A metal recycling facility in South Fresno must fix damage it caused through illegal disposal of hazardous waste, following an order from the California Department of Toxic Substance Control.
The DTSC ordered Schnitzer Steel, an Oregon-based company, to “identify all sources and extent of contamination and evaluate if there is a risk to human health and the environment,” and create a plan to clean up any hazardous waste, according to a news release.
The recycling company located at 2727 S. Chestnut Ave. is about 500 feet from the nearest residential homes.
The area in which the facility is located is one of the most heavily polluted ZIP codes in the state of California, according to Cal EnviroScreen, and the neighborhood is riddled with brownfields and layers of pollution.
The site is listed as an “active brownfield,” meaning there is or could be hazardous substances, pollutants or contaminants in the area, according to the Small Business Liability Relief and Brownfields Revitalization Act.
Violations throughout the years
Throughout the years, Schnitzer Steel has violated several hazardous waste regulations, the DTSC said.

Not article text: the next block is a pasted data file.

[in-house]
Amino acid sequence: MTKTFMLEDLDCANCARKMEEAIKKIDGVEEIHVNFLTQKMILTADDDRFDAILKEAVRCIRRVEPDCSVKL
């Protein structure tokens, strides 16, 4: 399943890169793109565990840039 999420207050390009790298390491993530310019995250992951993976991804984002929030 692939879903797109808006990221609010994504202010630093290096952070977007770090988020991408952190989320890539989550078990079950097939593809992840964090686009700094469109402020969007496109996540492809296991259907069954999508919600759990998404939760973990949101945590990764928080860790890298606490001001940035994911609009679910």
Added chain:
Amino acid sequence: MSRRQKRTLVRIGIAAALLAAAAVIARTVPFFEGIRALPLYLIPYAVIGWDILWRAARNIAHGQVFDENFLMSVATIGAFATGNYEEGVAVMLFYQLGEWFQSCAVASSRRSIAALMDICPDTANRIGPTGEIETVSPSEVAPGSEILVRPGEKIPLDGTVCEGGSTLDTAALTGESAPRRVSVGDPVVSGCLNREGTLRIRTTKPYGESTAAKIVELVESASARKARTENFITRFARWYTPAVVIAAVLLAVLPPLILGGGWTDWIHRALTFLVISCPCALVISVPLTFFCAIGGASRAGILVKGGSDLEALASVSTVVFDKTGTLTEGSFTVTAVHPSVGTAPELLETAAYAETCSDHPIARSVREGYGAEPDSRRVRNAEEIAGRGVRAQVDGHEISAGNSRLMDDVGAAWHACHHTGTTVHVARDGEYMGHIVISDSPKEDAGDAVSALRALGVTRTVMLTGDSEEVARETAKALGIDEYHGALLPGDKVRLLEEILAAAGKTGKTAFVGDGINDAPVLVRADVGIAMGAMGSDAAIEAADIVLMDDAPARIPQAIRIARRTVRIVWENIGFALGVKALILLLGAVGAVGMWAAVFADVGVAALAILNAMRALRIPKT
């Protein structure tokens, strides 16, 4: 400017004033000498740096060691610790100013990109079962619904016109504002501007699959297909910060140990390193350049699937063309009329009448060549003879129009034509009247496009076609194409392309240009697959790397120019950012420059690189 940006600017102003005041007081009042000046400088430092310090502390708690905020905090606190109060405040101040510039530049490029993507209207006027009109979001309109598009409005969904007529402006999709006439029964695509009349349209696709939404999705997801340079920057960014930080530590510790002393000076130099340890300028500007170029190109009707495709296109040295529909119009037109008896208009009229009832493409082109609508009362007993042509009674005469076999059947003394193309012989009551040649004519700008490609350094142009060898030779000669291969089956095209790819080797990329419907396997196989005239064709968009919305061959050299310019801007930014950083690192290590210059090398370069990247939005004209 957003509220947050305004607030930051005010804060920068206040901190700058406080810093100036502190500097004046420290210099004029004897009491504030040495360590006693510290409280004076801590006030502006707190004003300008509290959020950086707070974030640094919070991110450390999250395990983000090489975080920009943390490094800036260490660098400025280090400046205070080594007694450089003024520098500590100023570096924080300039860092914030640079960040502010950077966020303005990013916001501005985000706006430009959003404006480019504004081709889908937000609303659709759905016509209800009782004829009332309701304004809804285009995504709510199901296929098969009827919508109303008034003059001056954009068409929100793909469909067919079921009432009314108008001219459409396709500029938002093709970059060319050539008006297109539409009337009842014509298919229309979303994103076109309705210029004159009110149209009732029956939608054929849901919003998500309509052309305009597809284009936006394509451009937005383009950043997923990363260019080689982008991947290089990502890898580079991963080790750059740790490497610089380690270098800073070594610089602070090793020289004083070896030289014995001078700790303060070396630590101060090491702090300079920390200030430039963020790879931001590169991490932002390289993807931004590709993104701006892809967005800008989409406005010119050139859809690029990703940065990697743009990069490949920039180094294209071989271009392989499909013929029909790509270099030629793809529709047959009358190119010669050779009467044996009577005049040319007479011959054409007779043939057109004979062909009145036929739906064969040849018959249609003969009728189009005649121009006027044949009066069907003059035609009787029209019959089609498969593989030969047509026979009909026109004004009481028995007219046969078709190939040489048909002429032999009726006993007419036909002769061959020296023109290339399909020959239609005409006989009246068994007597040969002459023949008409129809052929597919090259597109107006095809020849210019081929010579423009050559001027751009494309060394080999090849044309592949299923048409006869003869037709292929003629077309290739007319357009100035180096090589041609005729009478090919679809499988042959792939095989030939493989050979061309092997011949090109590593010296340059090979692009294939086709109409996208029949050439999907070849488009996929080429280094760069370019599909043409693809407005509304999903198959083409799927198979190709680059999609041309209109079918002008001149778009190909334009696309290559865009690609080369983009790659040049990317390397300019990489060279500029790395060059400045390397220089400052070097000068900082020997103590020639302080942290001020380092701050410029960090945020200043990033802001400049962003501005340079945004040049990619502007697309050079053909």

According to the release, records of large amounts of hazardous waste at the location date back to 1994.
In November 2013, the Central Valley Regional Water Quality Control Board and the Fresno County Department of Public Health found lead that exceeds the regulatory threshold in dust, debris and soil samples during an inspection.
The most recent complaint from the DTSC was filed in May 2020 and stated that Schnitzer Steel was unlawfully storing, treating or causing the disposal of hazardous waste. There were other allegations related to the facility’s improper disposal of hazardous waste.
“DTSC seeks injunctive relief against, and civil penalties from, Schnitzer Fresno for violations of the (Hazardous Waste Control Law) pursuant to Health and Safety Code,” the complaint read.
According to an email from Dianna Vasquez Ballesteros, deputy director of Legislative Affairs, the DTSC complaint was filed as a result of evidence that the facility improperly disposed of soil-contaminating lead and other metals without a hazardous waste permit and for failure to manage waste.
Issued on March 18, the DTSC order was meant to help identify issues as well as create a plan for cleanup of the waste, according to the release.
“The order serves as a warning to any company doing business in California that the department will take firm action to stop any mishandling of toxic waste that threatens human health and the environment.”